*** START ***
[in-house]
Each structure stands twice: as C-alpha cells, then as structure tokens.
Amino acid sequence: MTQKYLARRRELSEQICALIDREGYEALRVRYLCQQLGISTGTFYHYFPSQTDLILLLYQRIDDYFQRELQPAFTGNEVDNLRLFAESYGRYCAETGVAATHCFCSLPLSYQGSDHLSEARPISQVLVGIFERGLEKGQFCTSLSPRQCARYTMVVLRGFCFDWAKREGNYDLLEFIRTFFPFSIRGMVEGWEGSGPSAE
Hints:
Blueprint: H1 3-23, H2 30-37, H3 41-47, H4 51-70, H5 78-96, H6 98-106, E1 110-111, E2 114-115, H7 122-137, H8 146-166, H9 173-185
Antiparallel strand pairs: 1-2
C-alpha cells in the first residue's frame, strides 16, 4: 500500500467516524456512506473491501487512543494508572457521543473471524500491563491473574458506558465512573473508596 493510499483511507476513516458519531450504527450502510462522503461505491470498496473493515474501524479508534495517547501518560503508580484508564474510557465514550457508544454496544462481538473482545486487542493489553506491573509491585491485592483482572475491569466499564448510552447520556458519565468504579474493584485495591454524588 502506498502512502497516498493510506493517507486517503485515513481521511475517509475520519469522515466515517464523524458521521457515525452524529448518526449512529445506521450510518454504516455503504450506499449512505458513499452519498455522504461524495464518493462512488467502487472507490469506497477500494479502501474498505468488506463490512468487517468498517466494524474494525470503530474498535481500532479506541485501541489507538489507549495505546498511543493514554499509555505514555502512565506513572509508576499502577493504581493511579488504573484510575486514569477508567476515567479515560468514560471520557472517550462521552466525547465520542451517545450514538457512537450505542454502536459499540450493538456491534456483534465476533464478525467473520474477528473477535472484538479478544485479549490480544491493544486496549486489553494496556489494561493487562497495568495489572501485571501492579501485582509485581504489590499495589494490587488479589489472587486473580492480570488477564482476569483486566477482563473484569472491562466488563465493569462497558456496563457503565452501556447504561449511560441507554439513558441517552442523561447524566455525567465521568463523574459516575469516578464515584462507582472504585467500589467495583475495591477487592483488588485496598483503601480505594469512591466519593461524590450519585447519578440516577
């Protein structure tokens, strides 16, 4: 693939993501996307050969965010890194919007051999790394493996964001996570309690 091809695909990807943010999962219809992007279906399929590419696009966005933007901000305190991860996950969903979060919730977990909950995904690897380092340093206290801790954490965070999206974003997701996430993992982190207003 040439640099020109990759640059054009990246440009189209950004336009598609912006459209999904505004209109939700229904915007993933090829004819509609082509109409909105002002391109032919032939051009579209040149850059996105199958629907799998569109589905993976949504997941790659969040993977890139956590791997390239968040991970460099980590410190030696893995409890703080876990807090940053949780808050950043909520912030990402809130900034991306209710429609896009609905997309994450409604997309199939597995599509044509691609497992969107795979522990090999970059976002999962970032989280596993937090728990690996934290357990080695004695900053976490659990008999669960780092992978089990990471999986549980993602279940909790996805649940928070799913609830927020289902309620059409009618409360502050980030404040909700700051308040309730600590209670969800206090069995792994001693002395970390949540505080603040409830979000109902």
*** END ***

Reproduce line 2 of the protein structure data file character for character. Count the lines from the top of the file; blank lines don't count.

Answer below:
Each structure stands twice: as C-alpha cells, then as structure tokens.